There is no age limit for adversity. We all experience it in life, some more than others. One out of 600 homes nationwide is currently in foreclosure. Two years ago, I never imagined I would become a part of this statistic. I never missed a mortgage payment, was never late, bills were paid on time, credit was in great shape. Then illness struck. Everyone in foreclosure has a story, whether it was a bad adjustable rate mortgage, sudden unemployment, MERS, illness, bankruptcy or other unexpected fall from financial grace.
I think my situation is a lot like falling down. When I was young I fell down on purpose thinking it was funny to entertain my friends with clownish antics. It didnt hurt… much… not more than a bandaid. Have you fallen lately? I don’t recommend it. Now, it hurts. The older you get, the harder the fall, there is much more at stake.
Being the stubborn type, I took the proactive approach which may soften the blow. When I realized I was not going to be able to return to work after a 12 week leave, I began weaving a safety net. After some extensive research on disability, I started the paperwork with SSDI. One of the best resources I found was The Disability Digest at http://www.thedisabilitydigest.com. It turned out to be my ace in the hole, so to speak. An invaluable support system. I also hired a disability attorney which speeded up the process. In my opinion, it was well worth the money. I was careful to bypass legal counsel on several other occasions including pro se divorce and bankruptcy to have my massive medical bills dismissed. That worked out fine, but in this instance, time was not on my side. It often can take years to be approved for disability. I filed in January 2010 and was approved in October 2010. Employment checks ended in March and my State Employee’s Disibility began in July, but that only provided about 1/3 of what I was getting from my regular monthly paycheck.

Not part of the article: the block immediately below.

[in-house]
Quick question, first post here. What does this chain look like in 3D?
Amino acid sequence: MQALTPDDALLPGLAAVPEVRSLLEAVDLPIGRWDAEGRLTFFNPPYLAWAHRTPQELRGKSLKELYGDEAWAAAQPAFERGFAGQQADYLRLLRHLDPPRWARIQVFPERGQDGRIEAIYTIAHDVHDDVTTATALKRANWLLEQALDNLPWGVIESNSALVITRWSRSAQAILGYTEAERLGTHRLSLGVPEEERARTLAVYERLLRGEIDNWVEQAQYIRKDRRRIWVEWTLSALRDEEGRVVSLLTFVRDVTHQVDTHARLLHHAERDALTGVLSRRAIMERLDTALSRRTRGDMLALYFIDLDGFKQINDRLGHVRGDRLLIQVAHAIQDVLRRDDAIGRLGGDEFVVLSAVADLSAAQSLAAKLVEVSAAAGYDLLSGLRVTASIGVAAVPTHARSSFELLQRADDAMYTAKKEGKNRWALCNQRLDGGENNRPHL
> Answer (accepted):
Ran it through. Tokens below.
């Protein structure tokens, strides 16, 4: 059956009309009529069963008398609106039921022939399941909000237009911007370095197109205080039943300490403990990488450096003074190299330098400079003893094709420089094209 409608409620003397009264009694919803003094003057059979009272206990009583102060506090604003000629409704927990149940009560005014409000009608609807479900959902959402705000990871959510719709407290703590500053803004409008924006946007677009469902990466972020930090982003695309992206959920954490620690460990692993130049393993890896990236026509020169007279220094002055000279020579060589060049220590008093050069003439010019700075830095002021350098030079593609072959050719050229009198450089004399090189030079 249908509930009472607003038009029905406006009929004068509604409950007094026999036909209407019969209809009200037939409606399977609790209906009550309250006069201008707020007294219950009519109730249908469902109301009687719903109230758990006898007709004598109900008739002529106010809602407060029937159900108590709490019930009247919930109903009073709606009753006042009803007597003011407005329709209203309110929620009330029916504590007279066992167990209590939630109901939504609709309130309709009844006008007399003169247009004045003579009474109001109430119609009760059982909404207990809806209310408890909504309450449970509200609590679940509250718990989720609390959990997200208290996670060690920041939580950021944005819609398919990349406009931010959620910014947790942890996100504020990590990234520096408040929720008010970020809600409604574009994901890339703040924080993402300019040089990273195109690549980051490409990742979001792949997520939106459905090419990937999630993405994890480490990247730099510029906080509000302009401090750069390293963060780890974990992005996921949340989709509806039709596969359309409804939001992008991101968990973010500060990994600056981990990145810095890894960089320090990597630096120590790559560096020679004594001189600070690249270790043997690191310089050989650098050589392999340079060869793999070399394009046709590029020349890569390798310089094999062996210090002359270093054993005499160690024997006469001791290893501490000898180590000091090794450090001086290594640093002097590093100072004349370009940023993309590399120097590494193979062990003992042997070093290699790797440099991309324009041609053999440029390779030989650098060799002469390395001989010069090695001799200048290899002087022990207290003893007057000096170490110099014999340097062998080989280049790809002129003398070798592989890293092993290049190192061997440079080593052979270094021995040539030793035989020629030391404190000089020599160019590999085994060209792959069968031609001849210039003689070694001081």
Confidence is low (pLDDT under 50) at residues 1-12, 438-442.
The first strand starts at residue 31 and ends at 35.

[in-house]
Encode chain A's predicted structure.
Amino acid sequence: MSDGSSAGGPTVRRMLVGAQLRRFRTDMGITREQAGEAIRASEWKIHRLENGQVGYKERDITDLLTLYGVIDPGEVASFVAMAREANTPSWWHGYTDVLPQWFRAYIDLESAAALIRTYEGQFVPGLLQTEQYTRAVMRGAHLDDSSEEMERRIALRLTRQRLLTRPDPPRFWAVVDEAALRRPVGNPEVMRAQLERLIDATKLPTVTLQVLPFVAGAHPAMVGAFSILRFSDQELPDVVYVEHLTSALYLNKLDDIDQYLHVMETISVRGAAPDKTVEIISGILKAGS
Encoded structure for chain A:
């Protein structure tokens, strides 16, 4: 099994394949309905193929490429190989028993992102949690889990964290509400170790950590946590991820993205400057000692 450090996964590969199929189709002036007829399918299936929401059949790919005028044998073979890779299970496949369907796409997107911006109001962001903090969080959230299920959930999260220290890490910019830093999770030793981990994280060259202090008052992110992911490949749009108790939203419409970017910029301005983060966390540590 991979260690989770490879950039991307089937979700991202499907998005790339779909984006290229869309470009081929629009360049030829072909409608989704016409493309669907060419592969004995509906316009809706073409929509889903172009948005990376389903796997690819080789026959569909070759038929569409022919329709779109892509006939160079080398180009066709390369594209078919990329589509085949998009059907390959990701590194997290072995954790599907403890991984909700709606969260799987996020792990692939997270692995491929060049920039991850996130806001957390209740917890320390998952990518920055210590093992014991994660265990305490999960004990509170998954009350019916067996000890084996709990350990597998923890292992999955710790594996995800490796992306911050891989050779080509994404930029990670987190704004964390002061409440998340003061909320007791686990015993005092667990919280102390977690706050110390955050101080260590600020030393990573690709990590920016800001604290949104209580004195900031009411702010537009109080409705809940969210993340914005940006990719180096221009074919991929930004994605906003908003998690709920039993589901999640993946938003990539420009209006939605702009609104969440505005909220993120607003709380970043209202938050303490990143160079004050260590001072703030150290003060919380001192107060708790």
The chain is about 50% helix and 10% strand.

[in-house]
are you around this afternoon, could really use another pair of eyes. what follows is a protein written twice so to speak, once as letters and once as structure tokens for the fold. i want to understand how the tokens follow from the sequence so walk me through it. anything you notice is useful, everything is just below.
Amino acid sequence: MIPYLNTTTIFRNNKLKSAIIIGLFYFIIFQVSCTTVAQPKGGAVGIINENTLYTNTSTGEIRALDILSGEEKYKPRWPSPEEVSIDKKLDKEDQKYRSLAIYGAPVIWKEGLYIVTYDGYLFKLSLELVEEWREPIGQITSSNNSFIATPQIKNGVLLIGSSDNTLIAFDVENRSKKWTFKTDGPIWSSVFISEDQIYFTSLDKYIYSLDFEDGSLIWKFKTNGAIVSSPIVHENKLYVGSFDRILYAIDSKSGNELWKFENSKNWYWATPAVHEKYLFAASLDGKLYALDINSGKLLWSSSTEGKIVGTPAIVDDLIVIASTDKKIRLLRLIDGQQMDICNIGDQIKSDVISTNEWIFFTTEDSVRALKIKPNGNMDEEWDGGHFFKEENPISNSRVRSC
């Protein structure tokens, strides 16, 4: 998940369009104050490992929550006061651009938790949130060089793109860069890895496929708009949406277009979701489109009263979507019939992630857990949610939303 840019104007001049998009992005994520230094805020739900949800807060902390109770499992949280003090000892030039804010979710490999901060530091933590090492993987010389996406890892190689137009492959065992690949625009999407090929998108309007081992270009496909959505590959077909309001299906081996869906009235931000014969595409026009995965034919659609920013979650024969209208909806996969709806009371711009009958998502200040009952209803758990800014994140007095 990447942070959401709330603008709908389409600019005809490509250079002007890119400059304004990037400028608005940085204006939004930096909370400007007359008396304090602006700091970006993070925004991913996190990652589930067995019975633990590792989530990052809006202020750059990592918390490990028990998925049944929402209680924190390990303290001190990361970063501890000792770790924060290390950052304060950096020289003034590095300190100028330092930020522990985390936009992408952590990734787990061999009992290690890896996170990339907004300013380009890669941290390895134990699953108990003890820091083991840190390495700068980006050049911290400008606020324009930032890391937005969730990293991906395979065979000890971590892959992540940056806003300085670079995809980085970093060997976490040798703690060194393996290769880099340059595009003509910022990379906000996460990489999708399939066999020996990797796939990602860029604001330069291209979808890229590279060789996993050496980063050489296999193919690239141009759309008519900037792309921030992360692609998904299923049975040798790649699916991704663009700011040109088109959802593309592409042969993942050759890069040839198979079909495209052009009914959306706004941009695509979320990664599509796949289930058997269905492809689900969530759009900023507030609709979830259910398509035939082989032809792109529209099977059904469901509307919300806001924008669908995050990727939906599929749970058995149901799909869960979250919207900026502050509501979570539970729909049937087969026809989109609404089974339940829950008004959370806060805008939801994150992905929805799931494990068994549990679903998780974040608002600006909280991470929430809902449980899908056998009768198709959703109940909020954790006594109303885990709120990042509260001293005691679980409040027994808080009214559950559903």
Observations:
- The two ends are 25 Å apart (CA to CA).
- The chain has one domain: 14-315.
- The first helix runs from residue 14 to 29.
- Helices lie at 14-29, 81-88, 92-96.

As soon as the disability procedure was in play, I took all the steps I could to avoid foreclosure, including applying to refinance my mortgage. Because the value of my home had declined and there was only five years of equity, the reduction would not have been enough to make a big enough change in my monthly payments. I called several other mortgage assistance agencies, but did not qualify for assistance. Of course, I kept in touch with the mortgage company and asked them to temporarily reduce my payments. They not only wouldn’t cooperate (like absolutely EVERYone of my other creditors, but when I sent a partial payment (my last payment to them) in July, they not only did not return it, but also did not apply it to the principal or interest. They just kept it and sent a statement with the full monthly payment owing and past due. I was livid! This meant war.
Are you sitting on the edge of your seat yet? BTW, if this blog is the book I’m supposed to write, and each chapter is a year of my life, then this segment of my life is Chapter 61. No fair peeking at the end of the story!